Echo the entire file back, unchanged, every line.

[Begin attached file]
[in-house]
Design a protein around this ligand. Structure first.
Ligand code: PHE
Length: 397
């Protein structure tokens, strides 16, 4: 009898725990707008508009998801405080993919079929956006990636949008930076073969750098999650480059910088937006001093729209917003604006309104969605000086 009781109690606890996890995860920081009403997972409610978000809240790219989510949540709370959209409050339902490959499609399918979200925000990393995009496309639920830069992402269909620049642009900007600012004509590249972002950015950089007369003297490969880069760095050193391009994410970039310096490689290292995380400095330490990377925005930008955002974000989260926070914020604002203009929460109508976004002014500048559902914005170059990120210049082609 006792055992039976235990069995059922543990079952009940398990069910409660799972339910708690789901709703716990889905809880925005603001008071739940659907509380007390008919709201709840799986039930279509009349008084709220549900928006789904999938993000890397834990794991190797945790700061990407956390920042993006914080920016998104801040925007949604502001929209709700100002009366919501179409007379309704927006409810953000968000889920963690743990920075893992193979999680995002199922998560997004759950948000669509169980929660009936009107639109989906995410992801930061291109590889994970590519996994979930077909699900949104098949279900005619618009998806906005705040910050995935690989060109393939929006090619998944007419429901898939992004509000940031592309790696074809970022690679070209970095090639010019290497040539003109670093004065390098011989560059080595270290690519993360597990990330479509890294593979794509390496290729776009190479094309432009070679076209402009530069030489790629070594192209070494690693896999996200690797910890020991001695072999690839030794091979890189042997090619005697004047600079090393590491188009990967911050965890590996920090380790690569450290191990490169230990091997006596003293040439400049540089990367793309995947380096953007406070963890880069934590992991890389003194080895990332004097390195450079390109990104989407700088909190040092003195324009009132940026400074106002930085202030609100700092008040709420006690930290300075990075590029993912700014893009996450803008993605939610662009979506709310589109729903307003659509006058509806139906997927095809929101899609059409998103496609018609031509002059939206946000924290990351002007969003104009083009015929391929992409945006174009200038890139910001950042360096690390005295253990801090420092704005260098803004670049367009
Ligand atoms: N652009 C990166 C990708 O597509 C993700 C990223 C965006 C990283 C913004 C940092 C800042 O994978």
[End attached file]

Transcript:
[in-house]
Design a protein around this ligand. Structure first.
Ligand code: PHE
Length: 397
């Protein structure tokens, strides 16, 4: 009898725990707008508009998801405080993919079929956006990636949008930076073969750098999650480059910088937006001093729209917003604006309104969605000086 009781109690606890996890995860920081009403997972409610978000809240790219989510949540709370959209409050339902490959499609399918979200925000990393995009496309639920830069992402269909620049642009900007600012004509590249972002950015950089007369003297490969880069760095050193391009994410970039310096490689290292995380400095330490990377925005930008955002974000989260926070914020604002203009929460109508976004002014500048559902914005170059990120210049082609 006792055992039976235990069995059922543990079952009940398990069910409660799972339910708690789901709703716990889905809880925005603001008071739940659907509380007390008919709201709840799986039930279509009349008084709220549900928006789904999938993000890397834990794991190797945790700061990407956390920042993006914080920016998104801040925007949604502001929209709700100002009366919501179409007379309704927006409810953000968000889920963690743990920075893992193979999680995002199922998560997004759950948000669509169980929660009936009107639109989906995410992801930061291109590889994970590519996994979930077909699900949104098949279900005619618009998806906005705040910050995935690989060109393939929006090619998944007419429901898939992004509000940031592309790696074809970022690679070209970095090639010019290497040539003109670093004065390098011989560059080595270290690519993360597990990330479509890294593979794509390496290729776009190479094309432009070679076209402009530069030489790629070594192209070494690693896999996200690797910890020991001695072999690839030794091979890189042997090619005697004047600079090393590491188009990967911050965890590996920090380790690569450290191990490169230990091997006596003293040439400049540089990367793309995947380096953007406070963890880069934590992991890389003194080895990332004097390195450079390109990104989407700088909190040092003195324009009132940026400074106002930085202030609100700092008040709420006690930290300075990075590029993912700014893009996450803008993605939610662009979506709310589109729903307003659509006058509806139906997927095809929101899609059409998103496609018609031509002059939206946000924290990351002007969003104009083009015929391929992409945006174009200038890139910001950042360096690390005295253990801090420092704005260098803004670049367009
Ligand atoms: N652009 C990166 C990708 O597509 C993700 C990223 C965006 C990283 C913004 C940092 C800042 O994978």